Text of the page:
There is a generation coming that will be different. We’re already beginning to get the 17- and 18-year-olds in the Navy that have had computers and used them.

Chips Ahoy: Do you think the current popularity of micros is just a fad?

Hopper: No, the big mainframes are going to disappear. In fact, I intend to scuttle them. They have to go. They’ll be too slow. We’ll build systems of computers. It will be a whole bunch of micros, and they’ll all call each other up and talk. If you use a big mainframe, first you have to do inventory and then you do payroll and so on. You might just as well have a micro doing each of those jobs all working in parallel. That’s the way you get the speed. The big pressure is going to be on faster answers. There never was a good reason for putting inventory and payroll on the same machine. The only reason you did it was because you could only afford to own one computer. That’s no longer true. The micros are as big [in terms of processing capacity] as mainframes were only 10 or 12 years ago. Back then a big mainframe had 64K. That’s smaller than today’s micros by a long shot.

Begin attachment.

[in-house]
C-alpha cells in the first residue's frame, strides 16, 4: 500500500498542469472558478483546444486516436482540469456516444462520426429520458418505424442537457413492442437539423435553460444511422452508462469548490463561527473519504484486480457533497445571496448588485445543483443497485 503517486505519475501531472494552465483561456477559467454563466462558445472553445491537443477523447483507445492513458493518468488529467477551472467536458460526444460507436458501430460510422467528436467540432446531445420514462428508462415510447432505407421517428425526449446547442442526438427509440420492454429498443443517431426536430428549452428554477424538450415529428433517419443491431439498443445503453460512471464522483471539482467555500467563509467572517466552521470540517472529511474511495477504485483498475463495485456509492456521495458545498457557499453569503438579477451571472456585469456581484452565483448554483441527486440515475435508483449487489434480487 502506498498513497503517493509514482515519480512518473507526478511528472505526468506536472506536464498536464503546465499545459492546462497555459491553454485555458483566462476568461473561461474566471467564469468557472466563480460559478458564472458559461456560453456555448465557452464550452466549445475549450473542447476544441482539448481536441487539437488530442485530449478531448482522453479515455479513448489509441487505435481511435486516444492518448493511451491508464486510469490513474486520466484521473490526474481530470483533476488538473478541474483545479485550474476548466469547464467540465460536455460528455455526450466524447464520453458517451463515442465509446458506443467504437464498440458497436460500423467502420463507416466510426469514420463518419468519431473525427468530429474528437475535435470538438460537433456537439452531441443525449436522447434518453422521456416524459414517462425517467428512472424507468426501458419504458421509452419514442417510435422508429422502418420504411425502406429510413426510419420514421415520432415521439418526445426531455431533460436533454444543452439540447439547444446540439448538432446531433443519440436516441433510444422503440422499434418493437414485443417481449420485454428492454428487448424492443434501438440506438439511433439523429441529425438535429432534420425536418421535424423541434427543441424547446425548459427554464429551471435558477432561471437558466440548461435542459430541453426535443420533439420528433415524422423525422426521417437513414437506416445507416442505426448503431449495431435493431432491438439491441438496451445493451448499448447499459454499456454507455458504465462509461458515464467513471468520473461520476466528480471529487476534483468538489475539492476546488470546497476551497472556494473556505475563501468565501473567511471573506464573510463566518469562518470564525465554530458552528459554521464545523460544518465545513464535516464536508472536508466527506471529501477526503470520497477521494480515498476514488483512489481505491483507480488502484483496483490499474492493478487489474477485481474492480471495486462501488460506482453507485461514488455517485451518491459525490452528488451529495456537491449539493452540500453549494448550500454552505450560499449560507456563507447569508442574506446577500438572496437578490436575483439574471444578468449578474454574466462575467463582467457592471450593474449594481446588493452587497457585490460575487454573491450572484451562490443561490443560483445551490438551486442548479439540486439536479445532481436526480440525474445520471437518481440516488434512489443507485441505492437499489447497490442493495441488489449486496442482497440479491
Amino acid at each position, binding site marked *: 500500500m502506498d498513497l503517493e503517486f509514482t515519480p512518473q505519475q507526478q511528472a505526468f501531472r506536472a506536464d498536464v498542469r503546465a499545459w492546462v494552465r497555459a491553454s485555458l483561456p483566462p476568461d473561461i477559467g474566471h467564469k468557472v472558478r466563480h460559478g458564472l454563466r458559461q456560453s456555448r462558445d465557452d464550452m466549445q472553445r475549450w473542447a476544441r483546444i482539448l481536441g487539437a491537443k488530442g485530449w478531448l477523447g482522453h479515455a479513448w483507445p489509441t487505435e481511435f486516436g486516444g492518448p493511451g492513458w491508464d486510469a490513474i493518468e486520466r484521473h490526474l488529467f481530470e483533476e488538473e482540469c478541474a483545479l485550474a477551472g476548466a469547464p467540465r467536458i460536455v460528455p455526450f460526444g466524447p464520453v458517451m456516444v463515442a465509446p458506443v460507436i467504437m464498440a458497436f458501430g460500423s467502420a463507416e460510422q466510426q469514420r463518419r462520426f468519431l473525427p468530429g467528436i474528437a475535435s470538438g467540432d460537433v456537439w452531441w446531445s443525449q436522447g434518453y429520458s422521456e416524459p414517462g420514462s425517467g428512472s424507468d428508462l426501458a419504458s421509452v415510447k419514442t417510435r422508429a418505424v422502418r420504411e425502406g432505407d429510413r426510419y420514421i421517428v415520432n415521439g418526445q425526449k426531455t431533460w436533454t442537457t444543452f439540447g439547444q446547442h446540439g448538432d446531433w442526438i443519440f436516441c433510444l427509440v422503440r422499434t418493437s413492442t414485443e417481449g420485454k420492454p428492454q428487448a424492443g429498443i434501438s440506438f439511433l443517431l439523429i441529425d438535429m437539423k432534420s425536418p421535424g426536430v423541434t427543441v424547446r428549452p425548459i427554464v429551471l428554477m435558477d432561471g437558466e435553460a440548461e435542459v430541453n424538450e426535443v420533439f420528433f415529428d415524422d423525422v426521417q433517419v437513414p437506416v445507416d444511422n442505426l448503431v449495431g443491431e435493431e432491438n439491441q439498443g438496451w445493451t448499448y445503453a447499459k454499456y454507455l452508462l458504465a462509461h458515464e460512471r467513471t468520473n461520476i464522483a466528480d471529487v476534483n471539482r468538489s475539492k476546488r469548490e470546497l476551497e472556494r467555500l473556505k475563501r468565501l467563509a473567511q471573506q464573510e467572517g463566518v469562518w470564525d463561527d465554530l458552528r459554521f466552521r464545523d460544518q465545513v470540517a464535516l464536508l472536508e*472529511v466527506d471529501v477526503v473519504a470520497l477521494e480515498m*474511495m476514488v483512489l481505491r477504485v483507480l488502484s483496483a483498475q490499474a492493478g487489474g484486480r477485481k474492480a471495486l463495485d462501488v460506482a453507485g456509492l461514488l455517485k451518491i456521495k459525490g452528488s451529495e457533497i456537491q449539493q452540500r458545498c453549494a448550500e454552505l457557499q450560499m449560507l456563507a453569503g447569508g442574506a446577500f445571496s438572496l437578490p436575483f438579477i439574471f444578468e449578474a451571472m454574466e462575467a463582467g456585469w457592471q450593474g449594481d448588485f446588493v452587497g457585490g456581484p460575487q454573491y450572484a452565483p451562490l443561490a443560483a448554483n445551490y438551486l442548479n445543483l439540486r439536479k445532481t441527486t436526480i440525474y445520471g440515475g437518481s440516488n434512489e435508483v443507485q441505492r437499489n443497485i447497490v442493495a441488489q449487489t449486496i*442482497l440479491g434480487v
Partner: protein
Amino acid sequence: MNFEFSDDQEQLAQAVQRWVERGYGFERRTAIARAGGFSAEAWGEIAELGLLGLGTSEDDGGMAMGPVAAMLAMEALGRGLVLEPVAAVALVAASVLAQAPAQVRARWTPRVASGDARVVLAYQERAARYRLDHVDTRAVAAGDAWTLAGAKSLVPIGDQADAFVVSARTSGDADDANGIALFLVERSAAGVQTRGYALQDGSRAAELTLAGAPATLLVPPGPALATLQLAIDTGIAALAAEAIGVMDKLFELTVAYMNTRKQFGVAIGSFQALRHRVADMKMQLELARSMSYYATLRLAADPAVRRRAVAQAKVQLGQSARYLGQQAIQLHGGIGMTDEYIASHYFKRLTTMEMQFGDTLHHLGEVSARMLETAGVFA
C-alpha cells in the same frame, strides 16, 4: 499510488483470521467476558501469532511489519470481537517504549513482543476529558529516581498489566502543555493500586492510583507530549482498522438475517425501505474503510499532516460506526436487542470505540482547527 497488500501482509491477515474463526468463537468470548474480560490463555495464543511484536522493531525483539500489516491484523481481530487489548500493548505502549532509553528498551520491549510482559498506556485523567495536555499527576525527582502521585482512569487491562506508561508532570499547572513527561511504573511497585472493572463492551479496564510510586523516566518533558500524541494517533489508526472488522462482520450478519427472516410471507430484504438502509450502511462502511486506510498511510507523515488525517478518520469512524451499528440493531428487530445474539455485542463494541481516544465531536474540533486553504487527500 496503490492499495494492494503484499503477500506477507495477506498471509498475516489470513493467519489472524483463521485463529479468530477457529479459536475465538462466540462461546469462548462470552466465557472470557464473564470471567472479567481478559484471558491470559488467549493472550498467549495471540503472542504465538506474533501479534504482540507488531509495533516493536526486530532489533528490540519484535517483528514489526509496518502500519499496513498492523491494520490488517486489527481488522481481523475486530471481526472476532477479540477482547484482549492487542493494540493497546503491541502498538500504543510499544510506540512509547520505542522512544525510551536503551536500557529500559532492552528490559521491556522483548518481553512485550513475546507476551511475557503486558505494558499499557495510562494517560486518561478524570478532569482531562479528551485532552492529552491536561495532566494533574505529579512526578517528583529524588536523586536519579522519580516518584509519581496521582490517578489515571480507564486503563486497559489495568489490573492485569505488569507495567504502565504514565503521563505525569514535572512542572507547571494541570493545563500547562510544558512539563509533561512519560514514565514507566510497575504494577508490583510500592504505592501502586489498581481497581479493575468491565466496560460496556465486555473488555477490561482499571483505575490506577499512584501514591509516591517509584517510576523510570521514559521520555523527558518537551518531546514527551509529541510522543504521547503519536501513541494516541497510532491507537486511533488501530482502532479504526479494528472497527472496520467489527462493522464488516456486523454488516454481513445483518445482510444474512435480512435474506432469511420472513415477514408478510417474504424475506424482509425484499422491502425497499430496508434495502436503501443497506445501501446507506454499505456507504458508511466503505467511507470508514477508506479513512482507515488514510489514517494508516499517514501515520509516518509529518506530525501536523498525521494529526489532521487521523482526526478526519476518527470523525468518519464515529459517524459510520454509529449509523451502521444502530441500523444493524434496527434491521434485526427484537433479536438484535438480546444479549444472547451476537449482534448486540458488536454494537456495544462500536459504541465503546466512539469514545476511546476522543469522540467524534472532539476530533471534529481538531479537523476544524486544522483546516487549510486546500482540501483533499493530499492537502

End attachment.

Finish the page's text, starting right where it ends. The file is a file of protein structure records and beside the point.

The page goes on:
Chips Ahoy: Is there a limit of what micros can do for us?

Hopper: They’ll only be limited if our imaginations are limited. It’s all up to us. Remember, there were people who said the airplane couldn’t fly.

Chips Ahoy: Why are you such a supporter of Chips Ahoy?

Hopper: I like the fact that it reviews hardware and software totally impartially. Chips Ahoy has never been attached to any particular computer. Almost all of the other magazines are either attached to one of the manufacturers or else they have in-house a particular computer, which slants everything [they are reporting].

Hopper: Now I have a question. Why don't you get the darn system fixed [Chips' distribution] so people can get subscriptions? There are a lot of schools and businesses that want the magazine.

Chips Ahoy: We're trying, Admiral. We've already asked the Government Printing Office for approval to sell Chips Ahoy.

Hopper: Why don't you just go ahead and do it? Remember, "It's easier to ask forgiveness than it is to get permission."


Published: Fri Nov 13 10:18:15 EST 2020